Use the interactivity to listen to the bells ringing a pattern. Now it's your turn! Play one of the bells yourself. How do you know when it is your turn to ring?

An irregular tetrahedron is composed of four different triangles. Can such a tetrahedron be constructed where the side lengths are 4, 5, 6, 7, 8 and 9 units of length?

Use the interactivity to play two of the bells in a pattern. How do you know when it is your turn to ring, and how do you know which bell to ring?

We're excited about this new program for drawing beautiful mathematical designs. Can you work out how we made our first few pictures and, even better, share your most elegant solutions with us?

This second Sudoku article discusses "Corresponding Sudokus" which are pairs of Sudokus with terms that can be matched using a substitution rule.

You have been given nine weights, one of which is slightly heavier than the rest. Can you work out which weight is heavier in just two weighings of the balance?

A Sudoku based on clues that give the differences between adjacent cells.

Can you put the 25 coloured tiles into the 5 x 5 square so that no column, no row and no diagonal line have tiles of the same colour in them?

This pair of linked Sudokus matches letters with numbers and hides a seasonal greeting. Can you find it?

Two sudokus in one. Challenge yourself to make the necessary connections.

Solve this Sudoku puzzle whose clues are in the form of sums of the numbers which should appear in diagonal opposite cells.

Countries from across the world competed in a sports tournament. Can you devise an efficient strategy to work out the order in which they finished?

Bellringers have a special way to write down the patterns they ring. Learn about these patterns and draw some of your own.

Four numbers on an intersection that need to be placed in the surrounding cells. That is all you need to know to solve this sudoku.

Given the products of diagonally opposite cells - can you complete this Sudoku?

This sudoku requires you to have "double vision" - two Sudoku's for the price of one

There is a long tradition of creating mazes throughout history and across the world. This article gives details of mazes you can visit and those that you can tackle on paper.

Two sudokus in one. Challenge yourself to make the necessary connections.

Imagine a stack of numbered cards with one on top. Discard the top, put the next card to the bottom and repeat continuously. Can you predict the last card?

This article for teachers describes several games, found on the site, all of which have a related structure that can be used to develop the skills of strategic planning.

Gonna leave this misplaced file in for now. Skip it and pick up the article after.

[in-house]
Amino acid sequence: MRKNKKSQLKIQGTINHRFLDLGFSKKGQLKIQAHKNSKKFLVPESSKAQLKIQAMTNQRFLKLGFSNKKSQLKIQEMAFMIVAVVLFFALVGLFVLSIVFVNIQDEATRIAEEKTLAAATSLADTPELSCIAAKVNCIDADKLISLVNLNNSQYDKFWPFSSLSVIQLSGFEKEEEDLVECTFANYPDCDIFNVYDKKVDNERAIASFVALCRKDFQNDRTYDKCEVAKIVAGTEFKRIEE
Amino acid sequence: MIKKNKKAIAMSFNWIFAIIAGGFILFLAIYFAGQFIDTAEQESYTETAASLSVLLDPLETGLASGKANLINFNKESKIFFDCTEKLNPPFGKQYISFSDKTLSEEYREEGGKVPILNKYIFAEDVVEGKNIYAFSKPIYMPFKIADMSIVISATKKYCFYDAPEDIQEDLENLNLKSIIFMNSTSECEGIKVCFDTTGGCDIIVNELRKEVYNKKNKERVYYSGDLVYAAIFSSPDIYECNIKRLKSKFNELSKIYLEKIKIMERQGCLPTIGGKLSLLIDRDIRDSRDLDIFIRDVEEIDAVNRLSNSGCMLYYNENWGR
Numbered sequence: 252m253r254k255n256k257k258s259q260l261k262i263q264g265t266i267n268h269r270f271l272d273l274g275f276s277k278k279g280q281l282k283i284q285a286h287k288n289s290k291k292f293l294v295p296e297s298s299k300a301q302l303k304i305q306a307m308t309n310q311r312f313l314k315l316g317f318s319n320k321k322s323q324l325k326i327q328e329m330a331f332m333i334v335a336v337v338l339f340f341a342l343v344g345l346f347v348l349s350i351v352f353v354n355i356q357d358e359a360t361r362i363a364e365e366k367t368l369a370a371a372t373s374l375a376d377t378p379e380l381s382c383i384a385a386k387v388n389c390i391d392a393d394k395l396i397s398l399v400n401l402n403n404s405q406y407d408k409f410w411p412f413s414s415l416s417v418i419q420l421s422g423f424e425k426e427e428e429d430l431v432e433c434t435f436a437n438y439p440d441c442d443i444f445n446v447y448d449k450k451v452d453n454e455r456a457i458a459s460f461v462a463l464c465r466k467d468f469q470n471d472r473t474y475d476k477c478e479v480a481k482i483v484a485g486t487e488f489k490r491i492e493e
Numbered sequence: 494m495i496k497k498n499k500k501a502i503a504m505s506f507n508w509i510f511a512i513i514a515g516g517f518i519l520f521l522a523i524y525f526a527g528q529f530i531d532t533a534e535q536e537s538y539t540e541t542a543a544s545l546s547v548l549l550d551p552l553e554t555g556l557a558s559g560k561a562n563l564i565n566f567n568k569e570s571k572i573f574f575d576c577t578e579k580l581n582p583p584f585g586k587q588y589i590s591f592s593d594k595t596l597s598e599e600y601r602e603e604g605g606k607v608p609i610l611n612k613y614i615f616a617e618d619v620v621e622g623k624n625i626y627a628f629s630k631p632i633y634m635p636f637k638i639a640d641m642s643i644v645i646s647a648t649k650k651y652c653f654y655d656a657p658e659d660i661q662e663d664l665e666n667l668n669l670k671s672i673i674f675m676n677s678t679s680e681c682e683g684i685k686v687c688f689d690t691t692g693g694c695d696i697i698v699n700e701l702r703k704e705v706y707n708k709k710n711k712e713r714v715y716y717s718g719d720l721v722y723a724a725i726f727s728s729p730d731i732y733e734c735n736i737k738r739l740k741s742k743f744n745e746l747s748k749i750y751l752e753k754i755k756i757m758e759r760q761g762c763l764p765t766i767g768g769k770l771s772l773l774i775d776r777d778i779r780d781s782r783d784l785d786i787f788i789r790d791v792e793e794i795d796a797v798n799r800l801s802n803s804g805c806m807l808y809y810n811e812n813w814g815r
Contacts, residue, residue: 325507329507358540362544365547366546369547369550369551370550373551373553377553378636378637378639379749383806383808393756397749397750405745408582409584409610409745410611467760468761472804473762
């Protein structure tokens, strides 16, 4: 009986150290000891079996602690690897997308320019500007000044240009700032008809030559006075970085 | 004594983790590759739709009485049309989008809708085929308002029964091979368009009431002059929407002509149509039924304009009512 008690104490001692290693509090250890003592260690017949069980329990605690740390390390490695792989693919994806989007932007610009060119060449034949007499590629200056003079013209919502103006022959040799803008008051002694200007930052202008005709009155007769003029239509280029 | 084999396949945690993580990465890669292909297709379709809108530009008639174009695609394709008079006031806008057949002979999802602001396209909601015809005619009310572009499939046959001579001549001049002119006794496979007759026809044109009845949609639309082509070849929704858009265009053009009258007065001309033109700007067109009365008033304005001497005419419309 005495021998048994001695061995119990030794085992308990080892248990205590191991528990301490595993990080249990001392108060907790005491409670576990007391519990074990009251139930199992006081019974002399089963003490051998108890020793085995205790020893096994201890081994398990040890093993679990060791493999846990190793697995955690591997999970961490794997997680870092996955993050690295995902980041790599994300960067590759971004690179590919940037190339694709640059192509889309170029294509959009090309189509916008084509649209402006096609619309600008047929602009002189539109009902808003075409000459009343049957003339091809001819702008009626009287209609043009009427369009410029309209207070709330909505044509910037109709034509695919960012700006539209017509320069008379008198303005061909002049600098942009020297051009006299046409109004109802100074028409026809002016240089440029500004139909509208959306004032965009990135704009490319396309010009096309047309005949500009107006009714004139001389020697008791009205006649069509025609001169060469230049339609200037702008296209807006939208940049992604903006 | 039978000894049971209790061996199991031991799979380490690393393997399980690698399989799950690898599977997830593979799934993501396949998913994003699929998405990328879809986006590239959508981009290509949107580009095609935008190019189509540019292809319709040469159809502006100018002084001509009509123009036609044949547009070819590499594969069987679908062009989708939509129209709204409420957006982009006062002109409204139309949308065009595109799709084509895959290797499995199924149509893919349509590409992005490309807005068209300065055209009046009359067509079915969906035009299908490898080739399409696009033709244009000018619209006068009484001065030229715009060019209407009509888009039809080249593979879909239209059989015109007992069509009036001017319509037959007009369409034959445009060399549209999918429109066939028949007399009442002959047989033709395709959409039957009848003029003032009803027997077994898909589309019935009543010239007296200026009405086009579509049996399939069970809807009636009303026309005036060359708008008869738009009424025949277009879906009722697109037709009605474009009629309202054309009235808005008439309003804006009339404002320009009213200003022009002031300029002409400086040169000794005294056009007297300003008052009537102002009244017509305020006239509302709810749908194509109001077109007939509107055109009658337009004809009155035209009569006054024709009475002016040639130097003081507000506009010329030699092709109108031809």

Can you recreate these designs? What are the basic units? What movement is required between each unit? Some elegant use of procedures will help - variables not essential.

A Sudoku with clues given as sums of entries.

A Sudoku that uses transformations as supporting clues.

Given the nets of 4 cubes with the faces coloured in 4 colours, build a tower so that on each vertical wall no colour is repeated, that is all 4 colours appear.

Different combinations of the weights available allow you to make different totals. Which totals can you make?

There are nine teddies in Teddy Town - three red, three blue and three yellow. There are also nine houses, three of each colour. Can you put them on the map of Teddy Town according to the rules?

If you take a three by three square on a 1-10 addition square and multiply the diagonally opposite numbers together, what is the difference between these products. Why?

Arrange the four number cards on the grid, according to the rules, to make a diagonal, vertical or horizontal line.

Can you arrange the numbers 1 to 17 in a row so that each adjacent pair adds up to a square number?

This Sudoku puzzle can be solved with the help of small clue-numbers on the border lines between pairs of neighbouring squares of the grid.

Use the clues about the shaded areas to help solve this sudoku

Find all the ways of placing the numbers 1 to 9 on a W shape, with 3 numbers on each leg, so that each set of 3 numbers has the same total.

Place the 16 different combinations of cup/saucer in this 4 by 4 arrangement so that no row or column contains more than one cup or saucer of the same colour.

Each clue number in this sudoku is the product of the two numbers in adjacent cells.

The puzzle can be solved with the help of small clue-numbers which are either placed on the border lines between selected pairs of neighbouring squares of the grid or placed after slash marks on. . . .

This is a variation of sudoku which contains a set of special clue-numbers. Each set of 4 small digits stands for the numbers in the four cells of the grid adjacent to this set.

Four small numbers give the clue to the contents of the four surrounding cells.

An extra constraint means this Sudoku requires you to think in diagonals as well as horizontal and vertical lines and boxes of nine.

A package contains a set of resources designed to develop students’ mathematical thinking. This package places a particular emphasis on “being systematic” and is designed to meet. . . .

This package contains a collection of problems from the NRICH website that could be suitable for students who have a good understanding of Factors and Multiples and who feel ready to take on some. . . .

Draw some isosceles triangles with an area of $9$cm$^2$ and a vertex at (20,20). If all the vertices must have whole number coordinates, how many is it possible to draw?

60 pieces and a challenge. What can you make and how many of the pieces can you use creating skeleton polyhedra?

You need to find the values of the stars before you can apply normal Sudoku rules.